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Ask an Expert: Planning for at-home Care

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Amy Sweet shares what you need to know about at-home care.

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Amy Sweet is the founder and CEO of Halcyon Home, a woman-owned and locally based private-duty, home-health and hospice continuity-of-care com- pany. Sweet earned her master’s degree in health science from the University of Pennsylvania, becoming a certified physician assistant. Her work history includes oncology, gastroenterology and geriatrics. Her dream of creating a continuity-of-care company with concierge-level care became an award-winning reality, thanks to a handpicked team that shares her love of care. Halcyon Home provides private-duty (nonmedical), home-health (medical) and hospice (medical) care.

What is the difference between home care and home health?

Home care is often referred to as private-duty care or personal-assistance services. Home care includes a private contract created to provide one-on-one assistance for your loved ones with activities of daily living, or ADLs. ADLs include eating, bathing, dressing, toileting, and maintenance of bladder and bowel function and transferring. Caregivers can assist with all these, as well as medication reminders and administration. Home care is nonmedical assistance. Home care is paid through personal savings or long-term care insurance. Home care can be short durations of time or as much as 24/7. Home health is continued medical care for patients who are considered homebound and have a skilled need. Home health requires a doctor’s order and a face-to-face visit with a medical provider. Home health can include physical therapy, occupational therapy or skilled nursing. Home health is covered at 100 percent through traditional Medicare, with no copay or additional cost. Medicare replacement plan costs vary. Qualifying events include a new diagnosis, hospitalization, a fall, a new prescription, decline in ADLs, unsteady gait/balance, wound care, a change in medical condition or a decline in mobility.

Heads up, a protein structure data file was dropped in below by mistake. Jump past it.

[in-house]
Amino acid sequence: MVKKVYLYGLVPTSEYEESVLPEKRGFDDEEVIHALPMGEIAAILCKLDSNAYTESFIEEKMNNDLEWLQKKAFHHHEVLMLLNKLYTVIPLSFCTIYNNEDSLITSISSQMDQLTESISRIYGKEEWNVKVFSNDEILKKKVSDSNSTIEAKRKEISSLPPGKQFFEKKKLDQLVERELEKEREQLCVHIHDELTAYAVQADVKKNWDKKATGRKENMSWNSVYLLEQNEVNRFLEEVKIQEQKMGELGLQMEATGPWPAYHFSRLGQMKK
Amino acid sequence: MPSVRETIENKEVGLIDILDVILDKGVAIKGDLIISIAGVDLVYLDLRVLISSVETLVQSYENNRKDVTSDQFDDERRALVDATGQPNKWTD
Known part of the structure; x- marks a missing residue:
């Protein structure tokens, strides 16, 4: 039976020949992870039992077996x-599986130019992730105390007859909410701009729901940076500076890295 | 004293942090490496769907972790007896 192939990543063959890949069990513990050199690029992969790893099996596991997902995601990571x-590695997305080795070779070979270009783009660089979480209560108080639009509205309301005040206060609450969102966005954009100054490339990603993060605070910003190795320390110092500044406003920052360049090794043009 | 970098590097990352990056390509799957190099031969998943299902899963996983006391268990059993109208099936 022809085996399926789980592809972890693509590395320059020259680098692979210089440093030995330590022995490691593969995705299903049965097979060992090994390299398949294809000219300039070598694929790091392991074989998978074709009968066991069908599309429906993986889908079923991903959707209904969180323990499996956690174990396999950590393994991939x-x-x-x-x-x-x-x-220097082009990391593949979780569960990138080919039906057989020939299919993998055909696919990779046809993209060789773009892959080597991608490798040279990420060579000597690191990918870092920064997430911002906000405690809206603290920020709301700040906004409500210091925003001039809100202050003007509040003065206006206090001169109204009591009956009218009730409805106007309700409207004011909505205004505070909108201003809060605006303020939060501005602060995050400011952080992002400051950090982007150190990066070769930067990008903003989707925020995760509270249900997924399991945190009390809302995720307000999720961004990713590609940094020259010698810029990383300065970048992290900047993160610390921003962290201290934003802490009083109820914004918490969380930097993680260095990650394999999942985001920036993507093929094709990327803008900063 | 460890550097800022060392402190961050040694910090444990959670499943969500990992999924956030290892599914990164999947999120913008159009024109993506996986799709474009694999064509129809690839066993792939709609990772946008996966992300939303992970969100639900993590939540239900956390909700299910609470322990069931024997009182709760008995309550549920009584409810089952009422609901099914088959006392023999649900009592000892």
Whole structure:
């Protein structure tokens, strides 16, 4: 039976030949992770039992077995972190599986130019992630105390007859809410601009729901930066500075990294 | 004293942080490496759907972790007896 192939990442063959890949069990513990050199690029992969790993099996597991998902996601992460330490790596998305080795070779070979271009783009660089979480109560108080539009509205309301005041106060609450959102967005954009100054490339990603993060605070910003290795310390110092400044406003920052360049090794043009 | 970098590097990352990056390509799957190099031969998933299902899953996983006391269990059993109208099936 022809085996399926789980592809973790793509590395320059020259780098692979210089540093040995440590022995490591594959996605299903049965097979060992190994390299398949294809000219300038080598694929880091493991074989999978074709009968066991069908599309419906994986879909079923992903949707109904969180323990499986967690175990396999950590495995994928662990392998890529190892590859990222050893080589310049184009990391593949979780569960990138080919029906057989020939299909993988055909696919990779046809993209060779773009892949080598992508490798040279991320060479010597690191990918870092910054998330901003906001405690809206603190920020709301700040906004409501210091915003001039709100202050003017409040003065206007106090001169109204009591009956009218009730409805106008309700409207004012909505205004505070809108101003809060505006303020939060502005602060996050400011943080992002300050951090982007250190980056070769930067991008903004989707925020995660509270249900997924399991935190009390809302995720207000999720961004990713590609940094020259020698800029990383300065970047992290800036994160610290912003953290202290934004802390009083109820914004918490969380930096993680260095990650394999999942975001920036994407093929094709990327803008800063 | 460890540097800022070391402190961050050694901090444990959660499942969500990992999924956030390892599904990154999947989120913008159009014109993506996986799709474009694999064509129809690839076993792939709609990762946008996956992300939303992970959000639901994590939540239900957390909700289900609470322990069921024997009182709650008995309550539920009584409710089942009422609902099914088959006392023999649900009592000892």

What is the difference between palliative care and hospice?

Palliative care improves bothersome symptoms and can take place at any time of the patient’s life and for any disease process. Palliative care’s main focus is pain management and patients may still seek curative treatments. Hospice is care at the end of life that Medicare defines as the expected last six months. Hospice care is similar to palliative care, as they both focus on pain management. Hospice care is provided wherever the patient lives—home, assisted-living facility, nursing home or hospital—and includes a 24/7 on-call interdisci- plinary team. Hospice is a holistic approach to end-of-life care that includes case management and is overseen by a medical doctor and registered nurse, a home health aide, a social worker and a chaplain. The goals of hospice care include comfort, safety and cleanliness, as well as meeting the specific patient’s and family’s goals and needs. All medications related to the primary diagnosis are provided by and covered under the Medicare hospice benefits, including all durable medical equipment: hospital bed, oxygen, shower chair and inconti- nence supplies.

How do I plan for Mom’s and Dad’s care?

The most important factor in planning for a patient’s care is to understand that patient’s specific goals and wishes. The right time to learn these goals is before the onset of a debilitating illness. This conversation may be difficult, but it can also be rewarding and strengthen the parent-child bond. It can be an opportunity for life reflection and sharing. There are many resources available. Put “end-of-life decision-making” into your favorite search engine. Here are a few I like: and In the absence of such conversations, one has to rely on the caregiver’s (child, spouse, parent, medical power of attorney) best assessment of what the patient would want, evidenced by things the patient may have said or done previously. This is called “substituted judgment.” At Halcyon Home, our teams of experts are available to assist with difficult conversations and can provide solution options.

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